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Introducing The State of SaaS Growth: new data and insights from Paddle's seller base

Introducing Outliers: The State of SaaS Growth, Paddle's latest research report with actionable data and insights on the approaches that saw high performers deliver sustained growth in rocky times.

It’s no surprise that the ups and downs of the COVID years and the continuing uncertainty of world events have left many companies with a cautious outlook.

Only half (51%) of companies surveyed for this report expect to hit or exceed their ARR targets this year. Whether you set your ARR targets during a period of unusual growth, or your assumptions about the shape of the industry no longer stand, one thing is clear: the world has changed and the new ground feels rocky underfoot. 

So, how can you hold onto the customers you gained during the past two years while getting your growth back on track?

We’ve conducted research across SaaS companies in 84 countries, including analyzing data from thousands of Paddle customers, to identify three key areas that have a fundamental impact on growth, and the approaches that sit within them. We’ve also spoken to decision-makers across companies, sectors, and countries to understand their blockers to scale and the strategies that are serving them. 

Our findings are written up in The State of SaaS Growth report, which you can download here.

Here’s an overview of the key themes and some snippets of insights to wet your whistle:

Embrace new growth models

Inspired by success stories, more and more startups have embraced the product-led (PLG) approach, seeing a positive impact on their own growth. Traditional sales-led (SLG) companies have also adopted aspects of PLG, experimenting with low friction, self-serve models to gain more customers. On the other hand, as PLG companies have matured, they have begun, in turn, to adopt elements of SLG to deal with being pulled upmarket as their existing customers grow.

This hybrid model is proving more successful than sticking to a single strategy. But it’s not as simple as SLG + PLG = growth. To see the continuous benefits of a hybrid strategy, you need to take a deeper look at your approach to segmentation, your use of channels, and your pricing. 

We see more customers upselling than churning, and our pricing model is part of that – it’s deliberately flexible, so people often use more than they anticipated and then upgrade. It gives customers the flexibility they need as our market is project-based, but it also gives us the security and level of commitment that we need. It stops it from becoming another unused subscription.

Peter Aschmoneit, CEO and Co-founder, Quantilope

Go deep on customer experience

To truly embrace PLG, lean into the customer experience and nail self-serve. For your customers to exist and thrive in zero-touch environments you need to ensure your product is intuitive and has the right guidance baked into it to enable full usage, without hands-on support.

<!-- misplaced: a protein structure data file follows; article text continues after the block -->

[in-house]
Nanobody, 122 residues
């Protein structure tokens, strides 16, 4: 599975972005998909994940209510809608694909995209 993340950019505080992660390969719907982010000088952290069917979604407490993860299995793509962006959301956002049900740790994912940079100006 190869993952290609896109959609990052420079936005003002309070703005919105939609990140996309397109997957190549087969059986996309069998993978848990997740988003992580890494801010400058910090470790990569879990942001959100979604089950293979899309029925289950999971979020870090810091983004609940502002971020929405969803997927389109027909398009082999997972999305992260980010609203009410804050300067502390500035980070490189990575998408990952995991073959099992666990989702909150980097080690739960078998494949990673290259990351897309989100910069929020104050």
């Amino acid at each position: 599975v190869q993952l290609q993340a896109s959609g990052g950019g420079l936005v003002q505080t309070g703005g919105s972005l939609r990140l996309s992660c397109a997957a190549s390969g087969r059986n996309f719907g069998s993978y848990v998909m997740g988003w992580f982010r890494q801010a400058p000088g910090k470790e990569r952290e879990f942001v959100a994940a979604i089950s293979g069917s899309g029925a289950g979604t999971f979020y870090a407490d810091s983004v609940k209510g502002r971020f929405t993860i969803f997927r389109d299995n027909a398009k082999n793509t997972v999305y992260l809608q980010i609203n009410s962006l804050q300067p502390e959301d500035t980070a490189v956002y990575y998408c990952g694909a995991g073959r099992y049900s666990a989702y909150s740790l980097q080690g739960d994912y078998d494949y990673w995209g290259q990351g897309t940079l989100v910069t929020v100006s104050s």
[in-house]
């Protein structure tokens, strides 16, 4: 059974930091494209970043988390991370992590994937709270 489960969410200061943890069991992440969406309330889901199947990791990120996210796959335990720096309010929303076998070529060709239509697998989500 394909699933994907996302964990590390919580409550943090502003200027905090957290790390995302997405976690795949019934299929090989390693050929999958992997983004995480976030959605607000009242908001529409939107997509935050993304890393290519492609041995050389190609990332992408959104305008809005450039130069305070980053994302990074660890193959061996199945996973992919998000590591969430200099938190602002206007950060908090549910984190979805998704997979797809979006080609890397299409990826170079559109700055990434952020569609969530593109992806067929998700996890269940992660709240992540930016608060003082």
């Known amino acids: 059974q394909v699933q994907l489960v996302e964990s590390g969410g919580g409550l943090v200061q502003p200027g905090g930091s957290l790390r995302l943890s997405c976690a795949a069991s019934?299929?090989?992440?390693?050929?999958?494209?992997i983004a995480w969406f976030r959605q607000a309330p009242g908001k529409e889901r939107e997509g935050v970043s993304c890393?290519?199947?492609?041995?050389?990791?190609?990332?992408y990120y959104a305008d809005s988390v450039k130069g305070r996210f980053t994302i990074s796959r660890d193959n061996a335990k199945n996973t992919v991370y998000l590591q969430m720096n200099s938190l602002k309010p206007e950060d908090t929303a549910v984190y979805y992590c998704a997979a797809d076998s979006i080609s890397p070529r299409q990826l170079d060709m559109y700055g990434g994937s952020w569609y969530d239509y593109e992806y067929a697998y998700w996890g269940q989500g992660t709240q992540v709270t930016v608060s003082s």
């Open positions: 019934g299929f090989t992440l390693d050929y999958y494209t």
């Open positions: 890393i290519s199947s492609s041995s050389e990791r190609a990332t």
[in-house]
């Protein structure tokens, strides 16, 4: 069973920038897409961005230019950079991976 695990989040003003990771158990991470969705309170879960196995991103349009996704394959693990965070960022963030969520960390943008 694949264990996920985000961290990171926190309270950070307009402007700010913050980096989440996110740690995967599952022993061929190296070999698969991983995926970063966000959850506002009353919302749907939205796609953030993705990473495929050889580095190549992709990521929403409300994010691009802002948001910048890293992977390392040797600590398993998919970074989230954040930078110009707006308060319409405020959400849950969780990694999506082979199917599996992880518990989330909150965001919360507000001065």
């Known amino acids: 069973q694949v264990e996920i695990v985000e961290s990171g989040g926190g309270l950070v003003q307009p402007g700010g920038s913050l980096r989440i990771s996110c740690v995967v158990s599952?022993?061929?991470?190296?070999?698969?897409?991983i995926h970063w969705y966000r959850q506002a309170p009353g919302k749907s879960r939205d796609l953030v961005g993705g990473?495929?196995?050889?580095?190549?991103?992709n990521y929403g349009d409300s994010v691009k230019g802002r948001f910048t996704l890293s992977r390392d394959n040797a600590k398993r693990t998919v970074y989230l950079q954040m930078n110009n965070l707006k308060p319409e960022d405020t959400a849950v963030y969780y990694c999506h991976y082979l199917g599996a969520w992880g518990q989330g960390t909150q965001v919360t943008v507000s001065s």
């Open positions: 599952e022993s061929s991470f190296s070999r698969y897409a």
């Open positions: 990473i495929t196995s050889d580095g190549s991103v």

How much attention have you given to the buying experience? Focus on true localization across pricing, currencies, and payments – and then empower your customers to navigate that experience themselves via self-serve. Don’t forget to think micro and macro: details like the format of a date or price can transform someone’s experience of your product. There are plenty of ways you can create a more flexible, familiar experience for your customers. We look at why true localization works and how you can embrace it.

Regardless of where your customer is based, they should feel like they're buying locally. Other than language, there are three levers to consider:  local currency,  local payment methods, and local spending power. The combination of these has a powerful compound effect on growth.

Julika Loecklin, VP, Customer Success, Paddle

Talent: Retain the best, refresh the rest

Talent is becoming harder to find – and more expensive when you do. It’s time to adapt your approach to hiring to reflect the new SaaS landscape. Cultivate teams who not only propel your growth forward with their own talents but are adept at attracting and retaining the right people as your company scales. This involves taking a long hard look at your Employer Value Proposition.

More companies are opting to put responsibility for revenue in the C-Suite. But while that might be the right choice for some, often larger, companies, not everyone needs a CRO. When’s the right time for you?

There is a real step-change between Series B and Series C. You need certain types of players in terms of energy, persona, attitude, approach, and resilience to take a company from zero to £20 million ARR, and then a different type of leadership to go from £20 million to £100 million, or beyond that to £1 billion.

Elizabeth Bramlage, CMO, ComplyAdvantage

Explore the data and interviews and dig into these topics by reading the full report. Download here.

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